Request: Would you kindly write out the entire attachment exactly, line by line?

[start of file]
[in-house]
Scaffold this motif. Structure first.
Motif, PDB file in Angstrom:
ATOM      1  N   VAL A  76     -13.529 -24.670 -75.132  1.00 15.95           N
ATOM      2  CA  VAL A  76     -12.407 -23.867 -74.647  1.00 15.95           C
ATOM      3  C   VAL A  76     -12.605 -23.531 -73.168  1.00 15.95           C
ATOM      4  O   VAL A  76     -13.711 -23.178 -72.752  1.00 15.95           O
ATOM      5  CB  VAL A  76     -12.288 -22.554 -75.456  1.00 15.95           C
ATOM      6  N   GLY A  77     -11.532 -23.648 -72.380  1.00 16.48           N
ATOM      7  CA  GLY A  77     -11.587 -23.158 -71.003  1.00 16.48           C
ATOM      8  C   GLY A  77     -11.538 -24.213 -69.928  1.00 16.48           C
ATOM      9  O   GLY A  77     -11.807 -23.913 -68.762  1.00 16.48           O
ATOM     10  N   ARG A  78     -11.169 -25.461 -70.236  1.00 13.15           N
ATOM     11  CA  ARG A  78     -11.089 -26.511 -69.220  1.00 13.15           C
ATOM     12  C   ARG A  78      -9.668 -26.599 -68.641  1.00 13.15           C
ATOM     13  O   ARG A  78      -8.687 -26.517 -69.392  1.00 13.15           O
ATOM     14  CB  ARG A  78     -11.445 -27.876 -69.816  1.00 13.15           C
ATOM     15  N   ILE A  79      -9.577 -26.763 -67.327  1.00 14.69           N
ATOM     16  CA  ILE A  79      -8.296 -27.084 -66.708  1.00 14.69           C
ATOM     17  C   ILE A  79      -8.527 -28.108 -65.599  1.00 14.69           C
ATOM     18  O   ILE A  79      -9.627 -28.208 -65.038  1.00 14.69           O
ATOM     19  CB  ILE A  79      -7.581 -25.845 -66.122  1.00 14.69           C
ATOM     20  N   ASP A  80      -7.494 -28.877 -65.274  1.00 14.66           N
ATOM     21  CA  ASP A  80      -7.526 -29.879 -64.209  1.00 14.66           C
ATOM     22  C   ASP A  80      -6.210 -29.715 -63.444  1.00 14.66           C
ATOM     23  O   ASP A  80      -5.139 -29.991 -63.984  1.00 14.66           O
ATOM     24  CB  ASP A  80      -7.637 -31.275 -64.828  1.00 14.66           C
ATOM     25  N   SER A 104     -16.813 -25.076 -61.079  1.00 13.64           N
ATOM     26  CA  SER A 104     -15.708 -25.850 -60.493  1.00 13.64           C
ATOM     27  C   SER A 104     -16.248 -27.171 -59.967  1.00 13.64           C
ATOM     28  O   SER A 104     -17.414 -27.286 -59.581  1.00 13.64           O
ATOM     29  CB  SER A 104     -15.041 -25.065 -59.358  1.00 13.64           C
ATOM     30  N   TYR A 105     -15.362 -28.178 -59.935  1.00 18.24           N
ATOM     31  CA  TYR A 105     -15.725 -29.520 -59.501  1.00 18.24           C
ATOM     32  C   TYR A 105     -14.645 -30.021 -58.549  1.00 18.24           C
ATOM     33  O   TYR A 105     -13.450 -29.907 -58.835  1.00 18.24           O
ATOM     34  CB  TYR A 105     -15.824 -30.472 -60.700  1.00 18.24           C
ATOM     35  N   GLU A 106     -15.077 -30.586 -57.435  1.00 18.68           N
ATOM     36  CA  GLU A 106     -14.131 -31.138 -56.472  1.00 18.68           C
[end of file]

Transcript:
[in-house]
Scaffold this motif. Structure first.
Motif, PDB file in Angstrom:
ATOM      1  N   VAL A  76     -13.529 -24.670 -75.132  1.00 15.95           N
ATOM      2  CA  VAL A  76     -12.407 -23.867 -74.647  1.00 15.95           C
ATOM      3  C   VAL A  76     -12.605 -23.531 -73.168  1.00 15.95           C
ATOM      4  O   VAL A  76     -13.711 -23.178 -72.752  1.00 15.95           O
ATOM      5  CB  VAL A  76     -12.288 -22.554 -75.456  1.00 15.95           C
ATOM      6  N   GLY A  77     -11.532 -23.648 -72.380  1.00 16.48           N
ATOM      7  CA  GLY A  77     -11.587 -23.158 -71.003  1.00 16.48           C
ATOM      8  C   GLY A  77     -11.538 -24.213 -69.928  1.00 16.48           C
ATOM      9  O   GLY A  77     -11.807 -23.913 -68.762  1.00 16.48           O
ATOM     10  N   ARG A  78     -11.169 -25.461 -70.236  1.00 13.15           N
ATOM     11  CA  ARG A  78     -11.089 -26.511 -69.220  1.00 13.15           C
ATOM     12  C   ARG A  78      -9.668 -26.599 -68.641  1.00 13.15           C
ATOM     13  O   ARG A  78      -8.687 -26.517 -69.392  1.00 13.15           O
ATOM     14  CB  ARG A  78     -11.445 -27.876 -69.816  1.00 13.15           C
ATOM     15  N   ILE A  79      -9.577 -26.763 -67.327  1.00 14.69           N
ATOM     16  CA  ILE A  79      -8.296 -27.084 -66.708  1.00 14.69           C
ATOM     17  C   ILE A  79      -8.527 -28.108 -65.599  1.00 14.69           C
ATOM     18  O   ILE A  79      -9.627 -28.208 -65.038  1.00 14.69           O
ATOM     19  CB  ILE A  79      -7.581 -25.845 -66.122  1.00 14.69           C
ATOM     20  N   ASP A  80      -7.494 -28.877 -65.274  1.00 14.66           N
ATOM     21  CA  ASP A  80      -7.526 -29.879 -64.209  1.00 14.66           C
ATOM     22  C   ASP A  80      -6.210 -29.715 -63.444  1.00 14.66           C
ATOM     23  O   ASP A  80      -5.139 -29.991 -63.984  1.00 14.66           O
ATOM     24  CB  ASP A  80      -7.637 -31.275 -64.828  1.00 14.66           C
ATOM     25  N   SER A 104     -16.813 -25.076 -61.079  1.00 13.64           N
ATOM     26  CA  SER A 104     -15.708 -25.850 -60.493  1.00 13.64           C
ATOM     27  C   SER A 104     -16.248 -27.171 -59.967  1.00 13.64           C
ATOM     28  O   SER A 104     -17.414 -27.286 -59.581  1.00 13.64           O
ATOM     29  CB  SER A 104     -15.041 -25.065 -59.358  1.00 13.64           C
ATOM     30  N   TYR A 105     -15.362 -28.178 -59.935  1.00 18.24           N
ATOM     31  CA  TYR A 105     -15.725 -29.520 -59.501  1.00 18.24           C
ATOM     32  C   TYR A 105     -14.645 -30.021 -58.549  1.00 18.24           C
ATOM     33  O   TYR A 105     -13.450 -29.907 -58.835  1.00 18.24           O
ATOM     34  CB  TYR A 105     -15.824 -30.472 -60.700  1.00 18.24           C
ATOM     35  N   GLU A 106     -15.077 -30.586 -57.435  1.00 18.68           N
ATOM     36  CA  GLU A 106     -14.131 -31.138 -56.472  1.00 18.68           C